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ABSTRACT: Micromachining technology has been developed very rapidly in recent years. This technology takes advantage of the benefits of semiconductor technology to address the manufacturing and performance requirements of the sensors industry. The compatibility of micromachining and microelectronics makes the integration of electronics and mechanical elements possible. This covers the need of low-cost, accurate and reliable sensors for industrial and consumer product applications. An important product of micromachining technology is the micro-mass flow sensor which has a history of over 20 yrs. This paper presents a review of the research and development of micromachined flow sensors which have been done in the last few years by international academic and industrial institutions. (C) 1997 Elsevier Science Ltd.Flow Measurement and Instrumentation 01/1997; 8(1):7-16. · 0.97 Impact Factor
IEEE SENSORS JOURNAL, VOL. 10, NO. 4, APRIL 2010847
Self Heated Thermo-Resistive Element Hot Wire Anemometer
Richard Jozef Adamec and David Victor Thiel
Abstract—A microelectromechanical systems (MEMS) hot wire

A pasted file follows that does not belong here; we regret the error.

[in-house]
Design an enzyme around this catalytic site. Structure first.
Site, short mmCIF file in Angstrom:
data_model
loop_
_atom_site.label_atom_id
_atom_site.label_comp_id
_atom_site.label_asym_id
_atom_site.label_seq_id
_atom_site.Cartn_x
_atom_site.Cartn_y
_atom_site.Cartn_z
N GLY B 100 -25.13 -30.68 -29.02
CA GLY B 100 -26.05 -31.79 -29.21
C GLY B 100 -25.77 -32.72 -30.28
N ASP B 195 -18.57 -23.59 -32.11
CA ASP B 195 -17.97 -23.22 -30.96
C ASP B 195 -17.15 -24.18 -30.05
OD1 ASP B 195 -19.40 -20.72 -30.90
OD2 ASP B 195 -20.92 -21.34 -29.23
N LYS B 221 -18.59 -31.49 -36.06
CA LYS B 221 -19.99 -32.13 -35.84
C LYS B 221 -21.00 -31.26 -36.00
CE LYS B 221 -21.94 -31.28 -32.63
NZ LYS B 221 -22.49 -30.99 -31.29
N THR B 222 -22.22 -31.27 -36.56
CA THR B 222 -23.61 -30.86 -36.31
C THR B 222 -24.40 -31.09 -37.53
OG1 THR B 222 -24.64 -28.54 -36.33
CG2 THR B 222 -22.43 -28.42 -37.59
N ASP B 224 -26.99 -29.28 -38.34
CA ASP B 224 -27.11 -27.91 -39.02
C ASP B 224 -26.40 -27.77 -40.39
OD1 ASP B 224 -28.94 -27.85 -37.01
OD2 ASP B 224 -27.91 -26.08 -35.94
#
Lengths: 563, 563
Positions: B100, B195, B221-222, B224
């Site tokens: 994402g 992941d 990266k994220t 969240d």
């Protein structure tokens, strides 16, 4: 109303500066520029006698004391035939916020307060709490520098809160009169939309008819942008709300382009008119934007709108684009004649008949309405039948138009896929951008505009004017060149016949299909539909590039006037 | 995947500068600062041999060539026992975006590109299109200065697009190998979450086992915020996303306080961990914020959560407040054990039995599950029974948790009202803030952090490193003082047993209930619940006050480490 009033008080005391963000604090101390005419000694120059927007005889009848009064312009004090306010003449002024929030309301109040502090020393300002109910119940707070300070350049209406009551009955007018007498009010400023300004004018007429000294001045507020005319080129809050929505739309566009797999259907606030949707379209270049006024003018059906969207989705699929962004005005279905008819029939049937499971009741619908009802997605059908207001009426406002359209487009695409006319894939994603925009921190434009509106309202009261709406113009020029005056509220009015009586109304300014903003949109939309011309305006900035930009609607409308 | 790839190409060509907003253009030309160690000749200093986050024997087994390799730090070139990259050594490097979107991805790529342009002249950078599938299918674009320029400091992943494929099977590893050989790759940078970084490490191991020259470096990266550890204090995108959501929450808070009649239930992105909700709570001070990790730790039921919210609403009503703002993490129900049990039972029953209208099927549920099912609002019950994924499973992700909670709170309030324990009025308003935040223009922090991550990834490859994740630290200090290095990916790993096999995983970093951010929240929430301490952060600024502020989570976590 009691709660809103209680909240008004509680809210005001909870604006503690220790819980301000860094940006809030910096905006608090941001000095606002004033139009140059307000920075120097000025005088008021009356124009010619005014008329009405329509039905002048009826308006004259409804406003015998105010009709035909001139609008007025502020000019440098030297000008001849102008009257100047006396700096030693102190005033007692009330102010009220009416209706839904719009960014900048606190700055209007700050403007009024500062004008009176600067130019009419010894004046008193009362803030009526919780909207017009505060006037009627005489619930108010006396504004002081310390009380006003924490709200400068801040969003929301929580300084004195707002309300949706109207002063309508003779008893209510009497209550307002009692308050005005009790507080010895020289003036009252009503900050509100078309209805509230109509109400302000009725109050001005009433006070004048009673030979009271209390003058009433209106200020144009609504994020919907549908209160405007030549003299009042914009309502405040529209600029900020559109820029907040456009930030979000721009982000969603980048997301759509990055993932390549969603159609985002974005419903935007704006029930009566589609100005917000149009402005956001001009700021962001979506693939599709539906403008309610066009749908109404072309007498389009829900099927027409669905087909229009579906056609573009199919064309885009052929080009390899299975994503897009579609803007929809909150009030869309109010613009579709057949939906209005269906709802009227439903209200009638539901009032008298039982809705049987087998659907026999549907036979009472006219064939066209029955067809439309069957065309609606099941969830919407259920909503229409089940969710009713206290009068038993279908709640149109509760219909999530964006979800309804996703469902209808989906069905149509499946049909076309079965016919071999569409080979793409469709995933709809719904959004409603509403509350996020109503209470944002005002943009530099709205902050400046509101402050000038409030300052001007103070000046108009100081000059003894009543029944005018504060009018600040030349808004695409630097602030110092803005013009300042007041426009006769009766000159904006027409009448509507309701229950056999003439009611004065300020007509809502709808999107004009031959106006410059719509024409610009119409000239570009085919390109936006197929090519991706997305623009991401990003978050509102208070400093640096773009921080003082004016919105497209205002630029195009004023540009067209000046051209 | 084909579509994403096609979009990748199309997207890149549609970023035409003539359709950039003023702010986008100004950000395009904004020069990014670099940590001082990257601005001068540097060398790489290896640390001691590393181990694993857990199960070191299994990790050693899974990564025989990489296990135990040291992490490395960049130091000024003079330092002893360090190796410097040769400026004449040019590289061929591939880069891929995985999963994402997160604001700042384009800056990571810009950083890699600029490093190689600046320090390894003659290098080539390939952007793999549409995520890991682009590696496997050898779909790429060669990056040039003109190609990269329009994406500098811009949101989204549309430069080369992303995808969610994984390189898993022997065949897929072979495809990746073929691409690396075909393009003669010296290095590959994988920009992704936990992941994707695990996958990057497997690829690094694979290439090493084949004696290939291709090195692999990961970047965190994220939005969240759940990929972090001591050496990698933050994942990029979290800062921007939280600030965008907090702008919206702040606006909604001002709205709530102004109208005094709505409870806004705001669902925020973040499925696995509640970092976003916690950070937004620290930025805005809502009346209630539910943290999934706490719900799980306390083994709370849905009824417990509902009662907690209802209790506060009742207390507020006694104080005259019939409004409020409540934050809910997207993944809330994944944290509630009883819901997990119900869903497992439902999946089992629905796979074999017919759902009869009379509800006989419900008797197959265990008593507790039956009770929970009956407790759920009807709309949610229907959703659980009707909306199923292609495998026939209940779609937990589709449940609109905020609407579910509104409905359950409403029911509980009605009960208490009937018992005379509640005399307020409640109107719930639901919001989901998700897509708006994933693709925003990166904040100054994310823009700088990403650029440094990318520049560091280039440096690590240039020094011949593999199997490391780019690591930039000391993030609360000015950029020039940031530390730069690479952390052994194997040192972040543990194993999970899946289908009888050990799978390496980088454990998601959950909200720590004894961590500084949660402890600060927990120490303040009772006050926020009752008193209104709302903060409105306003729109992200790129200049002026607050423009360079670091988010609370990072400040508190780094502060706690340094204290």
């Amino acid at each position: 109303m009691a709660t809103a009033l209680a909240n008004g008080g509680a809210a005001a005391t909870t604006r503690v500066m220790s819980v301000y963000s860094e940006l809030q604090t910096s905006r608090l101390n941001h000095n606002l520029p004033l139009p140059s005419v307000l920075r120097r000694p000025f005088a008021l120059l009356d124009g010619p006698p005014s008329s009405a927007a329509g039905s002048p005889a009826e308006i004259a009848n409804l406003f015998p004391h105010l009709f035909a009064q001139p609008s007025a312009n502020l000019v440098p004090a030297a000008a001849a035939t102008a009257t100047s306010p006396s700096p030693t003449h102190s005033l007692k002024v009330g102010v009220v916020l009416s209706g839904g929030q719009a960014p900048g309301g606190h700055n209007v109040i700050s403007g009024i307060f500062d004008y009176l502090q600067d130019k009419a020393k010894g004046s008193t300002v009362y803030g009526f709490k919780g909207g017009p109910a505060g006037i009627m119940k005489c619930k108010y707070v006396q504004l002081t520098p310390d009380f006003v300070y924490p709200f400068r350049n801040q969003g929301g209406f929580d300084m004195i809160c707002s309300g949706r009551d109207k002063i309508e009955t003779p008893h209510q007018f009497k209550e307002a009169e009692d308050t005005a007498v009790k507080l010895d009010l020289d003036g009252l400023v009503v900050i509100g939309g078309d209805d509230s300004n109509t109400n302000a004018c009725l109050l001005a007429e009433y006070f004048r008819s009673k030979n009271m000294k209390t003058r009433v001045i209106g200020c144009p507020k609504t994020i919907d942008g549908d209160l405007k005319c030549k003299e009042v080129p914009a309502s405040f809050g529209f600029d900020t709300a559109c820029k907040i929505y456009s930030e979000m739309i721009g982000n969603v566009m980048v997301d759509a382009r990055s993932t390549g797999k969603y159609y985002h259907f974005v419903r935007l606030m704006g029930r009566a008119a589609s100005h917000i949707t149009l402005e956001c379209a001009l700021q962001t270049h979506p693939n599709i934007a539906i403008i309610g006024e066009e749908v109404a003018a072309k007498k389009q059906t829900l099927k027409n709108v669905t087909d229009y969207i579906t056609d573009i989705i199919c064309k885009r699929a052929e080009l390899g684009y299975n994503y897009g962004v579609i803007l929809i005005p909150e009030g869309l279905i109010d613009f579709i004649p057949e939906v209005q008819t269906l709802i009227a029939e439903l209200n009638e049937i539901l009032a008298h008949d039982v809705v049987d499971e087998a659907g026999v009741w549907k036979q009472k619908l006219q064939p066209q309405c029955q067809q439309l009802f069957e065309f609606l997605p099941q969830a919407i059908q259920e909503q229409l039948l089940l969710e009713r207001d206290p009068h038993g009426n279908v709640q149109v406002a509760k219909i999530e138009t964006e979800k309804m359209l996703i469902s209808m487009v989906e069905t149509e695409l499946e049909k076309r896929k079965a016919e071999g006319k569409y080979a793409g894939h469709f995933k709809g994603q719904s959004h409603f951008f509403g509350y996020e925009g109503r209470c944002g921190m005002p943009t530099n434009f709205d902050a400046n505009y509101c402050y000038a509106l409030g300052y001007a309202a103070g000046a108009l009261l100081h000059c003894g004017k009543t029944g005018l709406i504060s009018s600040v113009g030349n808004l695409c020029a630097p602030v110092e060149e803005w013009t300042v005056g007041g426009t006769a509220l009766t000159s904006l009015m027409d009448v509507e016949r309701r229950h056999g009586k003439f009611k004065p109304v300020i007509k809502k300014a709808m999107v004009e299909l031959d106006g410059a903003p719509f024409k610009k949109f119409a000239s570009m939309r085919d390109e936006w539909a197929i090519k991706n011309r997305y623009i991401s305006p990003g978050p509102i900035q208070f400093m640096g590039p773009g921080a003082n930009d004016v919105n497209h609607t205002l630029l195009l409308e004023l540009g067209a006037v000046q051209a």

anemometer consisting of thermoresistive elements arranged in a
differential bridge configuration is presented. The excitation of the
elements to the point of self heating allows for dedicated heating
elements to be omitted from the device without compromising op-
eration or accuracy.
Overall power consumption gives air velocity, and the temper-
ature differential of each element pair is used for wind direction
calculation and has demonstrated a sensing resolution better than
1% and a repeatability better than 2%.
Index Terms—Anemometer, hot-wire, microelectromechanical
bridge configuration is presented. Where heating elements are
often used on such devices , the sensor discussed here uses
self heating of the thermoresistive sensing elements to provide
the thermal energy required to generate the thermal plume and
temperature differential across the surface of the device.
The central heating elements used on typical integrated hot-
elements that must be interfaced and frees up silicon real estate
for other purposes, such as other sensing arrays .
The thermoresistive elements reported here are arranged to
serve dual purposes as both the thermal sensing elements and